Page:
ATO identifies red flag areas with cheap audits
In light of its investigation into low-cost audits over the 2016-17 financial year, the ATO has identified some concerns with cheaper audits and referred a number of them to ASIC.
ATO assistant commissioner Kasey Macfarlane says low-cost audits provided for a fee below $400 have been a key area of focus for the tax office in the 2016-17 financial year. She said the ATO has conducted several activities in relation to these audits.
“In a portion of these cases, there have been some concerns that have been revealed and we have reviewed some of the activities of those auditors providing those low-cost audits,” Ms Macfarlane said.
“[In some cases], we’ve found that auditors have failed to conduct an adequate audit that complies with the auditing standards.”
Ms Macfarlane said some of the low-cost audit providers had failed to complete a written audit plan, compliance check lists or trustee representation letters.
“In other cases, the auditor had breached independence requirements because they prepared financial accounts for some of their SMSF audit clients,” she said.
In other cases, auditors failed to verify fund assets and verify the terms and structures of limited recourse borrowing arrangements within particular SMSFs.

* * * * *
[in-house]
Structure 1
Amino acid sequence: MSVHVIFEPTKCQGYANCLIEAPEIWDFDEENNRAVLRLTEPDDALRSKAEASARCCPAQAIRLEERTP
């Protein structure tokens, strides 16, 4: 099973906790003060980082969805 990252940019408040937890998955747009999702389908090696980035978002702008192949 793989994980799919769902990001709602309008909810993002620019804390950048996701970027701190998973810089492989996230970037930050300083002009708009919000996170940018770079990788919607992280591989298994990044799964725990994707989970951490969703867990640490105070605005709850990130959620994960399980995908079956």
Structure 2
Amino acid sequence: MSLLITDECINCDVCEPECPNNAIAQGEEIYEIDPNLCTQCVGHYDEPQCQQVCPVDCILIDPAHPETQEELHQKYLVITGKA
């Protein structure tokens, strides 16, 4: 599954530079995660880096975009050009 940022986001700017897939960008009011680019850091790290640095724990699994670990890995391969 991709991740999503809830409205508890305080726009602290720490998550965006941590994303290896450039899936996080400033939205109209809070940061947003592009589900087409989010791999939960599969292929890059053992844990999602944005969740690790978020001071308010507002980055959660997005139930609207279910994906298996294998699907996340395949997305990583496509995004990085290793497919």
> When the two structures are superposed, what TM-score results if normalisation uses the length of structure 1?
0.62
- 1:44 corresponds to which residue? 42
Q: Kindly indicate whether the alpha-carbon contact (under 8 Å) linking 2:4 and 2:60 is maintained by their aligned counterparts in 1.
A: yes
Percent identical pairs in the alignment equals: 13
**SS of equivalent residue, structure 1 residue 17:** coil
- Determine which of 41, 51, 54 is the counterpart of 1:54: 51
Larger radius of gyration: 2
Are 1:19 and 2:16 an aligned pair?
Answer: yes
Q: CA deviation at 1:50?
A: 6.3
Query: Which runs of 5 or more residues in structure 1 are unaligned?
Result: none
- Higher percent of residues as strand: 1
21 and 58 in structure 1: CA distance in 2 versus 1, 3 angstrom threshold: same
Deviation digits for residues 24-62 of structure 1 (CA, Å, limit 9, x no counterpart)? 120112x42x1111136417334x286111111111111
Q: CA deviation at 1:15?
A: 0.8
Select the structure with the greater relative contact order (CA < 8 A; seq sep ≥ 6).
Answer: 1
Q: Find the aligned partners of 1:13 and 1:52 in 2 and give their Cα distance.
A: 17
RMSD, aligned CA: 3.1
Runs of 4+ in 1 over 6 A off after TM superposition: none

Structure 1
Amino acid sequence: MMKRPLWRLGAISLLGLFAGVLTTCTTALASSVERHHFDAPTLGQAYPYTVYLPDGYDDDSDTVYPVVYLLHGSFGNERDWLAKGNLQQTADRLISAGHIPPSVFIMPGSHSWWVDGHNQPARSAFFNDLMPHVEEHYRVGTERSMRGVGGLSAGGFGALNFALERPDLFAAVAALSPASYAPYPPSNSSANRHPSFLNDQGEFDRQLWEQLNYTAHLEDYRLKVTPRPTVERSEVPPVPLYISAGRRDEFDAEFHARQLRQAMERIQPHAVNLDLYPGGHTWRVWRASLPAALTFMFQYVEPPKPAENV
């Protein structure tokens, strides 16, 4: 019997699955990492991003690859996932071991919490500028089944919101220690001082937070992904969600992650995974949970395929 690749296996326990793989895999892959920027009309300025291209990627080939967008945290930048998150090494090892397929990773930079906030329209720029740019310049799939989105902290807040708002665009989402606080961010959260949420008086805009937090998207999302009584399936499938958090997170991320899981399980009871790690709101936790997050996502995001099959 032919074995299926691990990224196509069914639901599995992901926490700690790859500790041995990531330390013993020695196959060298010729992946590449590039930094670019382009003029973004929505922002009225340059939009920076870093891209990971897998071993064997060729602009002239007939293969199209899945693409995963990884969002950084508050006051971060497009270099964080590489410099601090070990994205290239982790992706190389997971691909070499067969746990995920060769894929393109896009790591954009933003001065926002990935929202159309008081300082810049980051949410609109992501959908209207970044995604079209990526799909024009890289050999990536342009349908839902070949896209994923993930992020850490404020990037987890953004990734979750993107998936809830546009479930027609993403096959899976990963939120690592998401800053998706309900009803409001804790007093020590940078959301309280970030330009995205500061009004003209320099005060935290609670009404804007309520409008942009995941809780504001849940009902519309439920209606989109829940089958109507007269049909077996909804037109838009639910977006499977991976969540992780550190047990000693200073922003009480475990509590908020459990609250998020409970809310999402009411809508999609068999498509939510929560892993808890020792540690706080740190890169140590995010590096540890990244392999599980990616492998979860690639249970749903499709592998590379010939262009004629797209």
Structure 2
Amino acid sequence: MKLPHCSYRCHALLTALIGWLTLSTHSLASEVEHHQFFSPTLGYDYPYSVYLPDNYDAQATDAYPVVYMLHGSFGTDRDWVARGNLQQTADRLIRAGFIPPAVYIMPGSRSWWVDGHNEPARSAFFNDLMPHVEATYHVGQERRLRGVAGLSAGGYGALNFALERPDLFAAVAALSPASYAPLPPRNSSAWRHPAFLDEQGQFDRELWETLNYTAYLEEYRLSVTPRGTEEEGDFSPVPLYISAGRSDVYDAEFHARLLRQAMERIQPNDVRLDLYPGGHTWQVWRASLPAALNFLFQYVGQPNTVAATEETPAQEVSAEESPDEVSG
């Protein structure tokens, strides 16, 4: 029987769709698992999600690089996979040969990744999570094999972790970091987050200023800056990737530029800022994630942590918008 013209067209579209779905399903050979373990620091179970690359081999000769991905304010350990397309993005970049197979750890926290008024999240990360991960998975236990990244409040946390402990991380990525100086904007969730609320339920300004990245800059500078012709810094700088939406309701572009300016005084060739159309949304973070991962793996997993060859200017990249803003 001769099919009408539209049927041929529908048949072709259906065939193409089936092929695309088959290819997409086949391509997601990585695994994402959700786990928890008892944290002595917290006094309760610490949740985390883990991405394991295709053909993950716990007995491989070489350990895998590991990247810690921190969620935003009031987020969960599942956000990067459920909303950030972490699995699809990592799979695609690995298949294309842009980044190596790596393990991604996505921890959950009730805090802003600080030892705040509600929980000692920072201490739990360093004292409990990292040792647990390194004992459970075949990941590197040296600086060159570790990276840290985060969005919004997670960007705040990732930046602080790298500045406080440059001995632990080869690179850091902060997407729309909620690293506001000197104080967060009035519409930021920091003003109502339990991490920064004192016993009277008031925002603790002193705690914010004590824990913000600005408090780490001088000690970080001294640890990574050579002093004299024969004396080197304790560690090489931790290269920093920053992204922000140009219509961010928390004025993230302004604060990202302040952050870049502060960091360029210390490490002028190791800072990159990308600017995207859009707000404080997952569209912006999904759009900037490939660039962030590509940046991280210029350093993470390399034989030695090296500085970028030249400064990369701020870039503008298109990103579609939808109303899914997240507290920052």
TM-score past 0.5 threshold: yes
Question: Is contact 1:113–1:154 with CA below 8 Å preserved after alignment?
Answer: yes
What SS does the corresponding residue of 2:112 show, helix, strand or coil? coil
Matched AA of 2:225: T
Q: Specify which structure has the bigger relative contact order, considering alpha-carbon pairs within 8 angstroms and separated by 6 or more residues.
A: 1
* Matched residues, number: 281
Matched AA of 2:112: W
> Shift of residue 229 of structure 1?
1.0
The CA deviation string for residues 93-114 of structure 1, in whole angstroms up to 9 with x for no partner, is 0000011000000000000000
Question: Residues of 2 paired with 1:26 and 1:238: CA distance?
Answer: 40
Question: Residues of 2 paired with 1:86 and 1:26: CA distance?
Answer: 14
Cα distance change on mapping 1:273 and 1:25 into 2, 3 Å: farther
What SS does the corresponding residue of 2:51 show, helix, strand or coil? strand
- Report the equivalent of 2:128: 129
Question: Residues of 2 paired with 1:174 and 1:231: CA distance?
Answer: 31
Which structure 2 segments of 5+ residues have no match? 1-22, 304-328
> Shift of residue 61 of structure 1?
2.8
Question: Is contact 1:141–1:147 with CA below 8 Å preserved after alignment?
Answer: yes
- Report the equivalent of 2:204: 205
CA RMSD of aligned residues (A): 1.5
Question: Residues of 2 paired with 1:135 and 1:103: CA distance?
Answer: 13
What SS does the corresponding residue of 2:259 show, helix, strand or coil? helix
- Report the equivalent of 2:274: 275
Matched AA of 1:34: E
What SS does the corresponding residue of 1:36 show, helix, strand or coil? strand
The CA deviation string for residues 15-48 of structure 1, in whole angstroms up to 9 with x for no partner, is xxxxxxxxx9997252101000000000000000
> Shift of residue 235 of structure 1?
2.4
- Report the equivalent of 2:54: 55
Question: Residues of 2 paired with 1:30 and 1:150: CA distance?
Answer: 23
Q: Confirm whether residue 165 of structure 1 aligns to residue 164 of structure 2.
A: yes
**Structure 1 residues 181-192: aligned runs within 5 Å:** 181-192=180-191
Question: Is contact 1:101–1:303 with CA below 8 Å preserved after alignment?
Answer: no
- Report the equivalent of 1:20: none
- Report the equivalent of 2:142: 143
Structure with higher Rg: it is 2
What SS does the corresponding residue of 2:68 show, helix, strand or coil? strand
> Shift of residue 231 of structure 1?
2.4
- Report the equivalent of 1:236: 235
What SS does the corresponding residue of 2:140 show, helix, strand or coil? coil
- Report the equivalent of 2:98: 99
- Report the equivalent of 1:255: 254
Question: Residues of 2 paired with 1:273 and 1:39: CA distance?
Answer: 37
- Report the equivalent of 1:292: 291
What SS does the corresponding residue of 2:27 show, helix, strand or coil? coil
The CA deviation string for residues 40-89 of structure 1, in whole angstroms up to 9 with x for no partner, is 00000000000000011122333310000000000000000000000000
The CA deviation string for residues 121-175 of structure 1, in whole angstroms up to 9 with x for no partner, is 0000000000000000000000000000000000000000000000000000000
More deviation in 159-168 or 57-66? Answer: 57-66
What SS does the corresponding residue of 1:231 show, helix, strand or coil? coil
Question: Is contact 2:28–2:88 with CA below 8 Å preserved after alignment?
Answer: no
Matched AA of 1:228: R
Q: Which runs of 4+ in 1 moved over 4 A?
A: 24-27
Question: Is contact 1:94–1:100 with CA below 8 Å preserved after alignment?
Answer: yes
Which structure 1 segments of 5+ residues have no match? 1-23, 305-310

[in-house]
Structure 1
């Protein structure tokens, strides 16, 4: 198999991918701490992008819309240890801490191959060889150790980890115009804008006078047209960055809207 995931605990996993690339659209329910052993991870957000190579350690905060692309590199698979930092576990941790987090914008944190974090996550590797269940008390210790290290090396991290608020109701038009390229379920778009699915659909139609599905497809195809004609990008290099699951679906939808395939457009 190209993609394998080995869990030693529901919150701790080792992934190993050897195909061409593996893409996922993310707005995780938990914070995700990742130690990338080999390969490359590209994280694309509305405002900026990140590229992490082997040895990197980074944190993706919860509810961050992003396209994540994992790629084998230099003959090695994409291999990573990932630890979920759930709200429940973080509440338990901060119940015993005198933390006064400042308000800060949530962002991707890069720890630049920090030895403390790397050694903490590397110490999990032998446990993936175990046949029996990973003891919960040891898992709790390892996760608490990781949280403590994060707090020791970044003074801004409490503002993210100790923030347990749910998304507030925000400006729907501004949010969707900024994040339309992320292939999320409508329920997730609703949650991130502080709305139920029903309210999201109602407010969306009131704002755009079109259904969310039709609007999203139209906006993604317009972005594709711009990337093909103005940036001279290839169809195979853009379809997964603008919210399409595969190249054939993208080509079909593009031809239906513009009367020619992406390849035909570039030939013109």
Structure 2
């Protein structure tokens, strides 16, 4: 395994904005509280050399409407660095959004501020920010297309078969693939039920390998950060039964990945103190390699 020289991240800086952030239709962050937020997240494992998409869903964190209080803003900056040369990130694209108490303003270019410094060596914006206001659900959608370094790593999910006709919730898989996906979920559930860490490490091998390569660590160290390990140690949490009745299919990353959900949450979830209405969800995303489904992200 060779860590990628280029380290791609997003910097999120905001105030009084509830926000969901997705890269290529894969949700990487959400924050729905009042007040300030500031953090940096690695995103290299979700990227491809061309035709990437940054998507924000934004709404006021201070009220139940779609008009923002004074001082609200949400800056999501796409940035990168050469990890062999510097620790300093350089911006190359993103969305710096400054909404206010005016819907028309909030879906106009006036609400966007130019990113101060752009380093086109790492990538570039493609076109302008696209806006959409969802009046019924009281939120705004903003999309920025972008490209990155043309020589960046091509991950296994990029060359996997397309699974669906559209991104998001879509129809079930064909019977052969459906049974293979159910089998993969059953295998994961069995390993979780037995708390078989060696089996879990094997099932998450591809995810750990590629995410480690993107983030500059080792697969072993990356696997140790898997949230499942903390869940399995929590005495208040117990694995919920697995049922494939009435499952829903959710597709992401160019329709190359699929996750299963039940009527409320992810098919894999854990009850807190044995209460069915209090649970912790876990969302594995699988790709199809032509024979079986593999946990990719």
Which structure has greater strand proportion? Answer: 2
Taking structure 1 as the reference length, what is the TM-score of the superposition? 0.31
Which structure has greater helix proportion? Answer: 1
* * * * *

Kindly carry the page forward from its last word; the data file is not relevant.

In one particular case, Ms Macfarlane said the auditor had failed to retain documentation in accordance with the auditing standards, and failed to identify and report two material contraventions to the ATO as required.
“That auditor had also not completed their required continuing professional development,” she said.
Ms Macfarlane said there are a number of cases still under way, where the ATO is undertaking further investigation.
“There are likely to be several referrals to ASIC for further action and another smaller group warrant further review and possible referral to ASIC,” she said.
“We also have another group flagged for follow-up to check some of [the] issues that we have identified that have been satisfactorily addressed.”
Ms Macfarlane stressed that there are still plenty of examples where audits were provided for a low fee, but the audit was performed to a high standard.
“They might only do a small number of audits for SMSFs with very simple affairs, and they might do that as part of a home business so their overheads are a lot less,” she said.
Ms Macfarlane said automation might also help to bring down the cost of an audit.
“Our review has only highlighted concerns in a portion of low-cost audits, so I just want to highlight that it’s not a widespread systemic issue that we’ve found,” she said.
Miranda Brownlee is the deputy editor of SMSF Adviser, which is the leading source of news, strategy and educational content for professionals working in the SMSF sector.
Since joining the team in 2014, Miranda has been responsible for breaking some of the biggest superannuation stories in Australia, and has reported extensively on technical strategy and legislative updates. Miranda has also directed SMSF Adviser's print publication for several years.
Miranda also has broad business and financial services reporting experience, having written for titles including Investor Daily, ifa and Accountants Daily.